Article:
According to the Wall Street Journal, Korean tech giant Samsung has picked Texas as the official site of its new chip manufacturing plant and is in talks with the local government about it. This new factory will be approximately 30 miles from Austin, where Samsung already has a facility. The Taylor facility will be larger than Samsung’s Austin facility, with a total area of nearly 5 million square metres.
Along with the company’s latest production line in Pyeongtaek, South Korea, it is planned to serve as a vital location for the company’s global semiconductor manufacturing capability. The plant’s construction is anticipated to begin in 2022, with mass production beginning in 2024.
Greg Abbott, the governor of Texas, tweeted, “Welcome to Texas, Samsung!” while posting photos from an event announcing the plan.
Welcome to Texas, Samsung!
Samsung will build a new semiconductor manufacturing facility in Taylor, Texas.
➡️ $17B capital investment
➡️ Thousands of NEW jobs
The largest foreign direct investment in the state of Texas EVER. pic.twitter.com/a7VhbK3B9Q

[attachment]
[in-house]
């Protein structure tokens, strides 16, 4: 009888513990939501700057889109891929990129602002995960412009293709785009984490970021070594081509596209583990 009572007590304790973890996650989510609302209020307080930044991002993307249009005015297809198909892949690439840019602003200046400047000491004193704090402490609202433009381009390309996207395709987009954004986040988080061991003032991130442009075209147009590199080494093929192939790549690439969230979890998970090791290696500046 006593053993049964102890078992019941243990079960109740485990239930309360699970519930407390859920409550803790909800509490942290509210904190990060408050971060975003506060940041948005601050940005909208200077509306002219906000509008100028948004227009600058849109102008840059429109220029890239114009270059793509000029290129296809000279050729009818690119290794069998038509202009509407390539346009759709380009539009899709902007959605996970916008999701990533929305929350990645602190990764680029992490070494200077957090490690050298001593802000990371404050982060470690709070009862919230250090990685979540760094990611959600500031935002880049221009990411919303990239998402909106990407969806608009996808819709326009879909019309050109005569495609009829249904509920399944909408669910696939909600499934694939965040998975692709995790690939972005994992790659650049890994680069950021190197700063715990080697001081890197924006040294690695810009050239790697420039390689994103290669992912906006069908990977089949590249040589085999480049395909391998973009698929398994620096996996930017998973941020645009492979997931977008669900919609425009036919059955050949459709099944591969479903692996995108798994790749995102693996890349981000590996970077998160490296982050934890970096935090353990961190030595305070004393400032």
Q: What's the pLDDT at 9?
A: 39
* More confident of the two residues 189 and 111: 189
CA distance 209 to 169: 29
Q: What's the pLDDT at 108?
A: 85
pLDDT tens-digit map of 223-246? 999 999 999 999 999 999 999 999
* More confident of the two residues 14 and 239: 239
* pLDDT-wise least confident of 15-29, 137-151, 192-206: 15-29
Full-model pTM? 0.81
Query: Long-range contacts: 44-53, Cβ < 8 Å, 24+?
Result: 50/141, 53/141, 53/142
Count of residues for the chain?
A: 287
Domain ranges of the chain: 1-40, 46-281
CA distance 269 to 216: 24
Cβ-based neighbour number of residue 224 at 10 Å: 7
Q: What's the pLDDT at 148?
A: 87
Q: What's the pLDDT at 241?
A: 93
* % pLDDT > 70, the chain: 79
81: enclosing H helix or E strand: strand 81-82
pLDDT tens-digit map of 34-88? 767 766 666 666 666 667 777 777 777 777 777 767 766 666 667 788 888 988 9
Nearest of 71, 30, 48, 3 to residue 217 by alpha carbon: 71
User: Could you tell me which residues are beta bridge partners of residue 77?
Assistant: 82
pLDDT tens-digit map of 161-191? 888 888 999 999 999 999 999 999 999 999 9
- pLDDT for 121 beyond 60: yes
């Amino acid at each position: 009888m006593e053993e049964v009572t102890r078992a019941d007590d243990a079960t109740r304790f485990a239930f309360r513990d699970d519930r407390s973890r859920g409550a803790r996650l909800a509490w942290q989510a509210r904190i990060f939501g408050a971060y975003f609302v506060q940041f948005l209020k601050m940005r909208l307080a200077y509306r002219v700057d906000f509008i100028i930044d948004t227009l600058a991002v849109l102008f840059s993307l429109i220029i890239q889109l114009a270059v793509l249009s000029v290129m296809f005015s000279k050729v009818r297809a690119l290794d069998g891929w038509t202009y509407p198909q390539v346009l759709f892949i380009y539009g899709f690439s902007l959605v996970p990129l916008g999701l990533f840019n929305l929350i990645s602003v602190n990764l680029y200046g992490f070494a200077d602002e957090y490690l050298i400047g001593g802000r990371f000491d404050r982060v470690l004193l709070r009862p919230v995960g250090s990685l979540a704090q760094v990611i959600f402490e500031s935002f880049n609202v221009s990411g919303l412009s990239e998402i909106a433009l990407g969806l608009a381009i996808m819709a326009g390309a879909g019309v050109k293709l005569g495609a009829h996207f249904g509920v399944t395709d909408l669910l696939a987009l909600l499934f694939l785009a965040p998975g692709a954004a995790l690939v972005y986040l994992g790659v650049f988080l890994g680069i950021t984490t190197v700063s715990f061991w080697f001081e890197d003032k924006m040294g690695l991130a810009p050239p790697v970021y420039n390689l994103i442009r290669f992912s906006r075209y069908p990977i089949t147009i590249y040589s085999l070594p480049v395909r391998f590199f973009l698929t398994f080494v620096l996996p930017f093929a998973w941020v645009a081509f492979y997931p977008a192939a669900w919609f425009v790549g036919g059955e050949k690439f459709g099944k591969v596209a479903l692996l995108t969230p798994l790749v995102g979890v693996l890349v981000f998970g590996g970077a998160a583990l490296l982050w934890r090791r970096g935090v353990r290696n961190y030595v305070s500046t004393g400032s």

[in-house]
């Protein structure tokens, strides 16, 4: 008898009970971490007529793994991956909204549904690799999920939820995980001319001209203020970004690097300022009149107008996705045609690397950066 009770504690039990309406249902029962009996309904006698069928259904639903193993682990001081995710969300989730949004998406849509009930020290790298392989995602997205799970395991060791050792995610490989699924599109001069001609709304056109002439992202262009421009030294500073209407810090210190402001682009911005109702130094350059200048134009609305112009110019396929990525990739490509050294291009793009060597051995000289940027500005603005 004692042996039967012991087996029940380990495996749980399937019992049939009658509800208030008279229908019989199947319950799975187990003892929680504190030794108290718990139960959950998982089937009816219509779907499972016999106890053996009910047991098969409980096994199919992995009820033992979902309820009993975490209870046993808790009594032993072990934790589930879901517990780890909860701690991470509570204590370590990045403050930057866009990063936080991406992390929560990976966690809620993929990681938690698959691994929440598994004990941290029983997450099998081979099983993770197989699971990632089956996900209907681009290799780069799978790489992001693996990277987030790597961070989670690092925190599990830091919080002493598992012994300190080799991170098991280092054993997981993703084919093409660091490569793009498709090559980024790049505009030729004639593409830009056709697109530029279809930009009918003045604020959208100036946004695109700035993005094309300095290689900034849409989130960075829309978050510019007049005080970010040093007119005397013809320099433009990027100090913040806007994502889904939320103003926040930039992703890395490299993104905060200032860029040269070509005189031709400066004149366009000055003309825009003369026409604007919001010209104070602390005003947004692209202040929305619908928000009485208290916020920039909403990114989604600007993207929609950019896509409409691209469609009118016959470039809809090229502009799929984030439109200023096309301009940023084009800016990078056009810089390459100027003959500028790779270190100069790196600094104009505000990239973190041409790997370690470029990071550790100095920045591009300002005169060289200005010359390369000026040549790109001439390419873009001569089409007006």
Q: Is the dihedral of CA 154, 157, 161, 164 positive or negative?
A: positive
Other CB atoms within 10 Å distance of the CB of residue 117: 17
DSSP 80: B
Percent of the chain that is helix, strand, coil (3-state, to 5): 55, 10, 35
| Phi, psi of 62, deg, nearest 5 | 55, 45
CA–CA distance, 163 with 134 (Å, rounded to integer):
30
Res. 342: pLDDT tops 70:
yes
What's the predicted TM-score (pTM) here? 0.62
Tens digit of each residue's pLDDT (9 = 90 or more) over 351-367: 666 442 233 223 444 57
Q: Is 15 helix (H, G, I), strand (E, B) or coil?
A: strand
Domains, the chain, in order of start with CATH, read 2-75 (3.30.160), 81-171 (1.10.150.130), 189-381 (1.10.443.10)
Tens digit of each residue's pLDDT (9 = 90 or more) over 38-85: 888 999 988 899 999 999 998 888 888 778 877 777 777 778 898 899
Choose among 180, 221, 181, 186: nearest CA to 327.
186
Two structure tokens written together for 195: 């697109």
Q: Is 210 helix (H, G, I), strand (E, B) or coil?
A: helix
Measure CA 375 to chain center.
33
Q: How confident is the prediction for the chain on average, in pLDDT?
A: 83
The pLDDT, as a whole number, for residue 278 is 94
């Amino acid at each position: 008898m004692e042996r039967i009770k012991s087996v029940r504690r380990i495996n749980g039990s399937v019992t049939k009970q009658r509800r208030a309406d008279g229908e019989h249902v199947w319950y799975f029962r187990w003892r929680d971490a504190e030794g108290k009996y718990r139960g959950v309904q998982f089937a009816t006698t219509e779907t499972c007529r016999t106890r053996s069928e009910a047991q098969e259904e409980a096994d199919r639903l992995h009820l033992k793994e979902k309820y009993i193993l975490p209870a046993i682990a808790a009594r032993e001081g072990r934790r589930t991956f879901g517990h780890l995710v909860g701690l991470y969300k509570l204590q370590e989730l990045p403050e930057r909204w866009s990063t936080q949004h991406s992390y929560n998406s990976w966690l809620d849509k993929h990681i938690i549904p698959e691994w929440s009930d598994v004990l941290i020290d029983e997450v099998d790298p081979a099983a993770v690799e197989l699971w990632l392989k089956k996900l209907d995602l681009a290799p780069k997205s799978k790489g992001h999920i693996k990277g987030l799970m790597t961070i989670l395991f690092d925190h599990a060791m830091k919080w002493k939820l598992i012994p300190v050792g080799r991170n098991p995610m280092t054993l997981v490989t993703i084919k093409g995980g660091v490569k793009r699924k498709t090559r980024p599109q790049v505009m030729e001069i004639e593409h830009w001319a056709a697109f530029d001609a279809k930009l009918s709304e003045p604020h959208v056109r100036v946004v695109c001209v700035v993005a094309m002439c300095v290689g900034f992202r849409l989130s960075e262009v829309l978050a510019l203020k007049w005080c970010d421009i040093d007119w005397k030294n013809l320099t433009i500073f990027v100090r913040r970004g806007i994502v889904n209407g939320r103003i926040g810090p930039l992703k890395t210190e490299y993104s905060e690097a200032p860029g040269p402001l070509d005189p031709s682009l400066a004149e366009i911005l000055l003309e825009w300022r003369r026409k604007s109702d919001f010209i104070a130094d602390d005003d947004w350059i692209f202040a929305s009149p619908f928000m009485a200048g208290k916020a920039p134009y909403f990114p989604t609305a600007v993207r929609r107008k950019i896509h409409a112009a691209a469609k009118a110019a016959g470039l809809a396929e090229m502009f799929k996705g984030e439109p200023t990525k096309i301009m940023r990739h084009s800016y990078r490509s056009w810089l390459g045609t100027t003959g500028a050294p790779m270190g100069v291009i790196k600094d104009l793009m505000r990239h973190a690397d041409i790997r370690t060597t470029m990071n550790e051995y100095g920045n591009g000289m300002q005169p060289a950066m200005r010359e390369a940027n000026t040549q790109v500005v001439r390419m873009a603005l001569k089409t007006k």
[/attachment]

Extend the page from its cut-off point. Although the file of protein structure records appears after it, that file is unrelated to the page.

— Greg Abbott (@GregAbbott_TX) November 24, 2021
Samsung estimates that the $17 billion investment in the new factory will increase manufacturing of high-performance computing and artificial intelligence gear, as well as create 2,000 high-tech jobs once it is fully operational. This will also be Samsung’s largest-ever investment in the United States, bringing the company’s total investment in the country to more than $47 billion.
Previous rumours have claimed that this facility can create chips as advanced as 3nm, although Samsung has yet to substantiate this claim. The expansion comes as the worldwide chip scarcity continues to wreak havoc on everyone from video game developers to automobile manufacturers.
Samsung also announced that it will provide financial support to the Taylor Independent School District to establish a Samsung Skills Center, which will help students build skills for future vocations while also providing internships and recruiting opportunities.